Just as a large percentage of the population of all cultures believe that the ghosts of the dearly departed members of their human families
One of the most beloved authors of dog stories, Albert Payson Terhune (1872–1942), was a great animal lover who kept dozens of pets in Sunnybank, his estate near Pompton Lakes, New Jersey. Although Terhune's favorite dogs were collies, he did have one crossbreed named Rex, who was completely devoted to the writer.
Rex was a large dog with a vicious-looking scar across his forehead which made him appear much more ferocious than he really was. And though he felt it his duty to bark at every guest who walked across the threshold, Rex would contentedly curl up at Terhune's feet as he sat at the typewriter creating another canine adventure for his legions of devoted readers.
Due to a series of unfortunate events, Rex was killed in March 1916, and the saddened Terhune wrote the story Lad: A Dog as a tribute to the memory of his dear pet.
Many months after Rex's death, Terhune was paid a visit by Henry A. Healy, a financier, who knew how much his host had loved his big dog—but who apparently had not been told of Rex's passing. Just before leaving that evening, Healy sighed wistfully and said, "Bert, I wish there was someone or something on earth that adored me as much as Rex worships you. I watched him all evening. He lay there at your feet the whole time, looking up at you as a devotee might look up to his god."
Terhune was shocked by his guest's comments. "Good lord, man!" he exclaimed. "Rex has been dead now for more than a year and a half."
Healy turned pale, but stood by the testimony of his own senses: "I can swear that he was lying at your feet all evening—just as I've seen him do since he was a puppy."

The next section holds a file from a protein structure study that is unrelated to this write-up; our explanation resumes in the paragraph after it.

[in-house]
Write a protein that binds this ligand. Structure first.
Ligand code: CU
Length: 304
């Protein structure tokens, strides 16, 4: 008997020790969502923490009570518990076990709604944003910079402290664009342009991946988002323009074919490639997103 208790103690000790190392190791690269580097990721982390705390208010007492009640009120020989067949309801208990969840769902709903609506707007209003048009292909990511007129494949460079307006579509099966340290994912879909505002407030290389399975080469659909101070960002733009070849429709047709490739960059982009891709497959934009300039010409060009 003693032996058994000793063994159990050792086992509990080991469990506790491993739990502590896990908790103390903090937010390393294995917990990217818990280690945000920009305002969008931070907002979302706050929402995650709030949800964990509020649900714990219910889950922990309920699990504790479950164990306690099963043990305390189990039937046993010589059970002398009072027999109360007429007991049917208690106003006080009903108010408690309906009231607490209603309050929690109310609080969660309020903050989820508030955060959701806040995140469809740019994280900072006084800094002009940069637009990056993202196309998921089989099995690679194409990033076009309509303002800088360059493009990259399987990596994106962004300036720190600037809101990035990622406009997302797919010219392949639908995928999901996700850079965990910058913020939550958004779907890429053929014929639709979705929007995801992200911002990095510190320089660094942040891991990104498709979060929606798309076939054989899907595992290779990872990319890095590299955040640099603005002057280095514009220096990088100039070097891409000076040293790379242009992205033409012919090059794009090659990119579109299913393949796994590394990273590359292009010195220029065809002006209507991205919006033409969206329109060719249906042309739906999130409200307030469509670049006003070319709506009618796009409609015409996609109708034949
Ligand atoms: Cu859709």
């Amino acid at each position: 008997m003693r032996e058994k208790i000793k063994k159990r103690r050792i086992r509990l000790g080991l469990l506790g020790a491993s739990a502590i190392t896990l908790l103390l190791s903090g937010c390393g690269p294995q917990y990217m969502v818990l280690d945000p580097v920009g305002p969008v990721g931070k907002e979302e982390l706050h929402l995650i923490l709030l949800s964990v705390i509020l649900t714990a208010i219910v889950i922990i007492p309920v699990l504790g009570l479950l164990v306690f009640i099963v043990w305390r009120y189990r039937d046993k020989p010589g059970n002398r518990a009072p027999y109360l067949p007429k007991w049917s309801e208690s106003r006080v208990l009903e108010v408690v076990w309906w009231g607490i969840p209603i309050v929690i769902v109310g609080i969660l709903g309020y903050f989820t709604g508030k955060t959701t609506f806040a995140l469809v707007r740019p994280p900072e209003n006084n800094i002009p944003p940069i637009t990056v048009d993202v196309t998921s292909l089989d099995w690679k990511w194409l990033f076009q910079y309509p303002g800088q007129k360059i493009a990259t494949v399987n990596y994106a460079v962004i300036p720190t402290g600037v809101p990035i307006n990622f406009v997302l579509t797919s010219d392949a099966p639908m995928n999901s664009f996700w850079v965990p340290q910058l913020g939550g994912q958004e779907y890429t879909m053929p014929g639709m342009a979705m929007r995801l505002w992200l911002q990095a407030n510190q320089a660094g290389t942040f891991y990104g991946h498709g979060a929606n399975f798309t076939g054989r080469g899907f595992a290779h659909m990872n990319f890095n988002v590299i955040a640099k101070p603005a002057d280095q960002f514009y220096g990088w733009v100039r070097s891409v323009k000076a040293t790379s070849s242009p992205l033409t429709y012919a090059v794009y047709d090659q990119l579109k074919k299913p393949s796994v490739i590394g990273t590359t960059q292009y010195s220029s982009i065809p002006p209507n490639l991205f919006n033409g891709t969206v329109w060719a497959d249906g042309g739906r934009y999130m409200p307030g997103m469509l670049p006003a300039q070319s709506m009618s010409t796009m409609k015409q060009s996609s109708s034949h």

Some weeks later, a longtime friend of Terhune's, Rev. Appleton Grannis, paid a visit to Sunnybank, and after a stroll around the estate and a pleasant afternoon meal, remarked that he thought Bert fancied collies. Terhune replied that was true. In fact all the dogs that he presently owned were collies.
Rev. Grannis firmly disagreed. "Then what dog was it that stood all afternoon on the porch looking in through the French window at you? He's a big dog with a nasty, peculiar scar on his forehead."
While the author knew at once that it was his old friend Rex returning for another visit from the spirit world, Terhune thought better than to attempt to explain the situation to a conventional man of the cloth.
Terhune said that even the other dogs were able to sense the presence of old Rex. One of the collies that had always been careful to keep his distance from the big scar-faced crossbreed continued to skirt very carefully around the rug where Rex had always sat waiting for his master to sit down to write.
Tulsa, Oklahoma, attorney M. Jean Holmes is not an animal activist, but her extensive study of the Bible for her book Do Dogs Go to Heaven? (1999) convinced her that the distinction between humans and animals alleged to be found in Scripture is the result of an old translator's "philosophical construction." In her opinion, an examination of the original Hebrew texts for such concepts as "soul" and "spirit" clearly tells that the authors of the various books of the Bible believed that animals have souls and spirits, just as humans do. Stating that she has been enriched by her exploration of various religious practices, from Catholicism to Pentecostalism, Holmes offers a suggestion for those individuals who are troubled about orthodox teachings that deny spirituality to animals. She urges them to allow the Holy Spirit to be their teacher.